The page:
Blankenhorn testified at Prop 8 Trial, Now says we should work for marriage equality
by Brian Leubitz
In many ways, it was actually better for David Blankenhorn to be on the other side. He was something of a comic figure. He testified on behalf of the ProtectMarriage.com crew, and ultimately got so twisted around that his testimony likely did them more harm than good. In fact, he ended up saying that we would be “more American” on the day that we allowed marriage equality.
So it shouldn’t be all that shocking that he’s decided to write an op-ed in the New York Times calling for an end to the discrimination against same-sex couples. (h/t P8TT) Now, I’m not trying to be too cynical here, but how else was David Blankenhorn going to get an op-ed in the New York Times?
But, I digress, here’s a snippet on his change of heart:
But there are more good things under heaven than these beliefs. For me, the most important is the equal dignity of homosexual love. I don’t believe that opposite-sex and same-sex relationships are the same, but I do believe, with growing numbers of Americans, that the time for denigrating or stigmatizing same-sex relationships is over. Whatever one’s definition of marriage, legally recognizing gay and lesbian couples and their children is a victory for basic fairness.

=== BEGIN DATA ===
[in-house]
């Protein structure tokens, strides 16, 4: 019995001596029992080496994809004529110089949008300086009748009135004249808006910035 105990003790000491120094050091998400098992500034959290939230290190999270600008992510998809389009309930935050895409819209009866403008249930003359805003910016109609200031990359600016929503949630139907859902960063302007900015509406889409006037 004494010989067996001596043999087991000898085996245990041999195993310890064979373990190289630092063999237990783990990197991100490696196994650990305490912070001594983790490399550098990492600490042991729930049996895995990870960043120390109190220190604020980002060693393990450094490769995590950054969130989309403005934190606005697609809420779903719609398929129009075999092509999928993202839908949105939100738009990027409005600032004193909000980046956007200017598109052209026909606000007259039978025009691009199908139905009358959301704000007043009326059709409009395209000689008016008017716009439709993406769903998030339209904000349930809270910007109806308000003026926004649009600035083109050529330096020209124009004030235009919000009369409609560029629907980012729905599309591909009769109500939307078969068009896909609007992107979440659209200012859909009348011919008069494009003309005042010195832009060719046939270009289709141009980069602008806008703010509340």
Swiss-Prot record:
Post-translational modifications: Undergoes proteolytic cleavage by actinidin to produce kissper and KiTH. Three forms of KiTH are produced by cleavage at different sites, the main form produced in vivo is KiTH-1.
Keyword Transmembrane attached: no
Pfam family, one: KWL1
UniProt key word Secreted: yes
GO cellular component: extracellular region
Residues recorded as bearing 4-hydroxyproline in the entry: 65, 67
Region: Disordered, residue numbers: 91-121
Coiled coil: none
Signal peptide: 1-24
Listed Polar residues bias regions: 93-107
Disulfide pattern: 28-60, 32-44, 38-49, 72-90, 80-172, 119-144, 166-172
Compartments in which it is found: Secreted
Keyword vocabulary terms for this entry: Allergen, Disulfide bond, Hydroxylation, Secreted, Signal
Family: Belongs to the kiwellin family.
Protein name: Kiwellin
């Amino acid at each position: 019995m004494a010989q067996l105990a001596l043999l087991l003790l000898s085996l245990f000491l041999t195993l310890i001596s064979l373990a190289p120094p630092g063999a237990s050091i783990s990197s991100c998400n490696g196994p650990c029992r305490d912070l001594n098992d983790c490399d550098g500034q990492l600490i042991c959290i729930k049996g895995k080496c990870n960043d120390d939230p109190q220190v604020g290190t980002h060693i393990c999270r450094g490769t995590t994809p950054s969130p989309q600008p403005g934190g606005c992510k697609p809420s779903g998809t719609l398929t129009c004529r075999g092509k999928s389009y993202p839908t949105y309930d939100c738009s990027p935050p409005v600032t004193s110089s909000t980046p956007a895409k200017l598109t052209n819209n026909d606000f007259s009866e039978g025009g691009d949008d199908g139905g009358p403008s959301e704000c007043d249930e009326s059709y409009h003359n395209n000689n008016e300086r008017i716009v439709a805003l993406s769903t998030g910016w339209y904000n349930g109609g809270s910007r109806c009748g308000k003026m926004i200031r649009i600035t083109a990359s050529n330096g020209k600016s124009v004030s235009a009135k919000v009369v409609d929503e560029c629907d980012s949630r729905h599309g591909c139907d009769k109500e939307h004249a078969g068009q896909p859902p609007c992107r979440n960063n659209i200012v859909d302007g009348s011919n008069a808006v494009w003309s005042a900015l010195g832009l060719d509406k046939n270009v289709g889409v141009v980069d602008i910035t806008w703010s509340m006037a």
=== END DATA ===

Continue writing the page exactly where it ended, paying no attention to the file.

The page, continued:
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And to my deep regret, much of the opposition to gay marriage seems to stem, at least in part, from an underlying anti-gay animus. To me, a Southerner by birth whose formative moral experience was the civil rights movement, this fact is profoundly disturbing.
So, is he saying that he is just now figuring out that much of the opposition to marriage equality is/was animus? Or, was his faith in his position strong enough that he could look past that. Either way, either he’s insensitive or kind of slow.
But, there is value in the symbolic import of having somebody who testified in favor of Prop 8 changing their position, for whatever reason. If Blankenhorn can truly persuade a few folks to change their minds too, then perhaps his decades arguing vociferously against marriage equality can be forgiven.